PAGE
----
'I've had racist remarks on and off the tennis court': Serena Williams makes passionate plea for equal pay for black women

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Tennis superstar Serena Williams has published a passionate essay demanding equal pay for black women.

The tennis player revealed she had received racist remarks both “on and off the tennis court” as she made a personal plea challenging the gaping financial inequality facing millions of black women.

Published on Monday to coincide with Black Women’s Equal Pay Day, the tennis star’s comments come after unequal pay was thrust into the spotlight in the wake of a BBC scandal exposing that female stars are paid considerably less than men.

Writing in Fortune, Williams said the gender pay gap “hits women of colour the hardest”, as they suffer from both gender and racial financial disparity.


‘Black women are the cornerstone of our communities and they deserve equal pay’, the tennis star said. (Serena Williams/Twitter)

For every dollar a man is paid, a black woman makes just 63 cents and black women earn 17 per cent less than white women, Williams said.

She added that black women have to work an average of eight months more to earn the same as their male counterparts in a year and even those with graduate degrees are paid less.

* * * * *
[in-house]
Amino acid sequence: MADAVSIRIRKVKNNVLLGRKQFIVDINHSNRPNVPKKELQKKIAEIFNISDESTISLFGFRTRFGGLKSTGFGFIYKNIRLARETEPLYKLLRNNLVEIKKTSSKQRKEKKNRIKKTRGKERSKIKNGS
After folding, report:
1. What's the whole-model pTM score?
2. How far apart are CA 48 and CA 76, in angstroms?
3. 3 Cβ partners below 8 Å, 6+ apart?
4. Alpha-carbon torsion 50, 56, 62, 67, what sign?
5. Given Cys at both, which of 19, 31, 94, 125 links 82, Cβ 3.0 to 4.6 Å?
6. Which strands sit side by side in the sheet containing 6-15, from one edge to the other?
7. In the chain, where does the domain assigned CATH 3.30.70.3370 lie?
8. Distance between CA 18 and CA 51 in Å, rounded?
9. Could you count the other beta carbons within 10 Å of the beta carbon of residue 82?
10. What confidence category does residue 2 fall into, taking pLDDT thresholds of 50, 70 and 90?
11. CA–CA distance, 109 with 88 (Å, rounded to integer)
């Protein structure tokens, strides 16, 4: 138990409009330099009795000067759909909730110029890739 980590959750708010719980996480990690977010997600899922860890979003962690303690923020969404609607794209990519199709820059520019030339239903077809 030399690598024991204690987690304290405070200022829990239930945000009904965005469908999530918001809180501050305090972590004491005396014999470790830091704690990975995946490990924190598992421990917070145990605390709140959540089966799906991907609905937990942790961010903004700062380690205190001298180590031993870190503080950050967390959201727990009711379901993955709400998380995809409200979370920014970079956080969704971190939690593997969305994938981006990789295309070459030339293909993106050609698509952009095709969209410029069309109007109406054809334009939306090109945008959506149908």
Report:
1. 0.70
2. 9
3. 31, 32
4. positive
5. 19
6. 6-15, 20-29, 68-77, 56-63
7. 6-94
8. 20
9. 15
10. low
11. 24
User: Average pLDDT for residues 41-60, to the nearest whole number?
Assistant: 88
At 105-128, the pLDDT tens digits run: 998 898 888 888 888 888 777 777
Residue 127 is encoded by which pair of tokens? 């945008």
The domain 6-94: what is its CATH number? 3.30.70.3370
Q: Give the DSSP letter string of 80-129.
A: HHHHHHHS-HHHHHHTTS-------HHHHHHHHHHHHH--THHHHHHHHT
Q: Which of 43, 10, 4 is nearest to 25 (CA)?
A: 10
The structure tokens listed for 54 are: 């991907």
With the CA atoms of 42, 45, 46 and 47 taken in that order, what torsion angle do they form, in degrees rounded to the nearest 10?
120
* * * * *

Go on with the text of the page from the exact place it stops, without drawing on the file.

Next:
The 23-time grand slam winner said: “Growing up, I was told I couldn’t accomplish my dreams because I was a woman and, more so, because of the colour of my skin. 

“In every stage of my life, I’ve had to learn to stand up for myself and speak out. I have been treated unfairly, I’ve been disrespected by my male colleagues and—in the most painful times—I’ve been the subject of racist remarks on and off the tennis court. 

“Luckily, I am blessed with an inner drive and a support system of family and friends that encourage me to move forward. But these injustices still hurt.”

She added: “I am in the rare position to be financially successful beyond my imagination. I had talent, I worked like crazy and I was lucky enough to break through. But today isn’t about me. It’s about the other 24 million black women in America. If I never picked up a tennis racket, I would be one of them; that is never lost on me.”

She went on: “The cycles of poverty, discrimination, and sexism are much, much harder to break than the record for Grand Slam titles. For every black woman that rises through the ranks to a position of power, there are too many others who are still struggling.”

“Unfair pay has prevailed for far too long with no consequence. Through decades of systematic oppression, black women have been conditioned to think they are less than.

Williams said she wants more conversations about the issue so employers begin to recognise the problem.

She ended with a passionate plea, which read: “Black women: Be fearless. Speak out for equal pay. Every time you do, you’re making it a little easier for a woman behind you.

“Most of all, know that you’re worth it. It can take a long time to realise that. It took me a long time to realise it. But we are all worth it.

“I’ve long said, “You have to believe in yourself when no one else does.”

“Let’s get back those 37 cents.”

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